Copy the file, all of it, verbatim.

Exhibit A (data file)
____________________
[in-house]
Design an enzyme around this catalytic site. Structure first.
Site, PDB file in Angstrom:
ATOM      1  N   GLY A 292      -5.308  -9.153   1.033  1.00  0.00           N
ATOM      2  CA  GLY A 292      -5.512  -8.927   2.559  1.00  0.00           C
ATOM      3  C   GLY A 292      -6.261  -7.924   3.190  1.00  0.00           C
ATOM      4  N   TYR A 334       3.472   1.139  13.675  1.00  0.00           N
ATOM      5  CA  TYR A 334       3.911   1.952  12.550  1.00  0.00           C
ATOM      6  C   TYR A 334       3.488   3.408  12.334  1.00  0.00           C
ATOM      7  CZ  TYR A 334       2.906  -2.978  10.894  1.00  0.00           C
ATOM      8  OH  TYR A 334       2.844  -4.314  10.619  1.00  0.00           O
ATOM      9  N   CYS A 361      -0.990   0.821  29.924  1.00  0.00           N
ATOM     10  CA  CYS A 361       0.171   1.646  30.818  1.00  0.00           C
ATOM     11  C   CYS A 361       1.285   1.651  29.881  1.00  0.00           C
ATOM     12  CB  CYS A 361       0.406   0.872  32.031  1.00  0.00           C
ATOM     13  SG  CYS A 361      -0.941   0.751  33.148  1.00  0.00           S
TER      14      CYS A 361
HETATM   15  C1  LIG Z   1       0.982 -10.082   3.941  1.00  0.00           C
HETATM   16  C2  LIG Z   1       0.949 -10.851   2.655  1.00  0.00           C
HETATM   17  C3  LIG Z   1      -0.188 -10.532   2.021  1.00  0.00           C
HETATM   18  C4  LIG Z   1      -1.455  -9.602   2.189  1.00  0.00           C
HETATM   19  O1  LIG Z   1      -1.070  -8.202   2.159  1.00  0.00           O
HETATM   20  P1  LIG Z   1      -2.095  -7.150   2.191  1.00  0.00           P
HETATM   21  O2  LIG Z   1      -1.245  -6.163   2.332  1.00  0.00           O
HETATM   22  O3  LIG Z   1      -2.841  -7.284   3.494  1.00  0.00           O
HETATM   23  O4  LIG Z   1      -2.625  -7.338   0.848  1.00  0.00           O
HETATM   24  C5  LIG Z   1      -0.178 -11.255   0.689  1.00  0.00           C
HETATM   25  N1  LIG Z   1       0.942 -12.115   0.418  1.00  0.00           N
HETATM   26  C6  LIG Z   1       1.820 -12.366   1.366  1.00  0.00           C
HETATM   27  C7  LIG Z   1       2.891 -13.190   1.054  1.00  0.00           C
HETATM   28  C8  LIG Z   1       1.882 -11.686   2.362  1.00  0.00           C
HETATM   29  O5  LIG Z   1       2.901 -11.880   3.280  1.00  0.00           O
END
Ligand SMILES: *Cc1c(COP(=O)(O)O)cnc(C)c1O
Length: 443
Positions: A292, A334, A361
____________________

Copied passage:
[in-house]
Design an enzyme around this catalytic site. Structure first.
Site, PDB file in Angstrom:
ATOM      1  N   GLY A 292      -5.308  -9.153   1.033  1.00  0.00           N
ATOM      2  CA  GLY A 292      -5.512  -8.927   2.559  1.00  0.00           C
ATOM      3  C   GLY A 292      -6.261  -7.924   3.190  1.00  0.00           C
ATOM      4  N   TYR A 334       3.472   1.139  13.675  1.00  0.00           N
ATOM      5  CA  TYR A 334       3.911   1.952  12.550  1.00  0.00           C
ATOM      6  C   TYR A 334       3.488   3.408  12.334  1.00  0.00           C
ATOM      7  CZ  TYR A 334       2.906  -2.978  10.894  1.00  0.00           C
ATOM      8  OH  TYR A 334       2.844  -4.314  10.619  1.00  0.00           O
ATOM      9  N   CYS A 361      -0.990   0.821  29.924  1.00  0.00           N
ATOM     10  CA  CYS A 361       0.171   1.646  30.818  1.00  0.00           C
ATOM     11  C   CYS A 361       1.285   1.651  29.881  1.00  0.00           C
ATOM     12  CB  CYS A 361       0.406   0.872  32.031  1.00  0.00           C
ATOM     13  SG  CYS A 361      -0.941   0.751  33.148  1.00  0.00           S
TER      14      CYS A 361
HETATM   15  C1  LIG Z   1       0.982 -10.082   3.941  1.00  0.00           C
HETATM   16  C2  LIG Z   1       0.949 -10.851   2.655  1.00  0.00           C
HETATM   17  C3  LIG Z   1      -0.188 -10.532   2.021  1.00  0.00           C
HETATM   18  C4  LIG Z   1      -1.455  -9.602   2.189  1.00  0.00           C
HETATM   19  O1  LIG Z   1      -1.070  -8.202   2.159  1.00  0.00           O
HETATM   20  P1  LIG Z   1      -2.095  -7.150   2.191  1.00  0.00           P
HETATM   21  O2  LIG Z   1      -1.245  -6.163   2.332  1.00  0.00           O
HETATM   22  O3  LIG Z   1      -2.841  -7.284   3.494  1.00  0.00           O
HETATM   23  O4  LIG Z   1      -2.625  -7.338   0.848  1.00  0.00           O
HETATM   24  C5  LIG Z   1      -0.178 -11.255   0.689  1.00  0.00           C
HETATM   25  N1  LIG Z   1       0.942 -12.115   0.418  1.00  0.00           N
HETATM   26  C6  LIG Z   1       1.820 -12.366   1.366  1.00  0.00           C
HETATM   27  C7  LIG Z   1       2.891 -13.190   1.054  1.00  0.00           C
HETATM   28  C8  LIG Z   1       1.882 -11.686   2.362  1.00  0.00           C
HETATM   29  O5  LIG Z   1       2.901 -11.880   3.280  1.00  0.00           O
END
Ligand SMILES: *Cc1c(COP(=O)(O)O)cnc(C)c1O
Length: 443
Positions: A292, A334, A361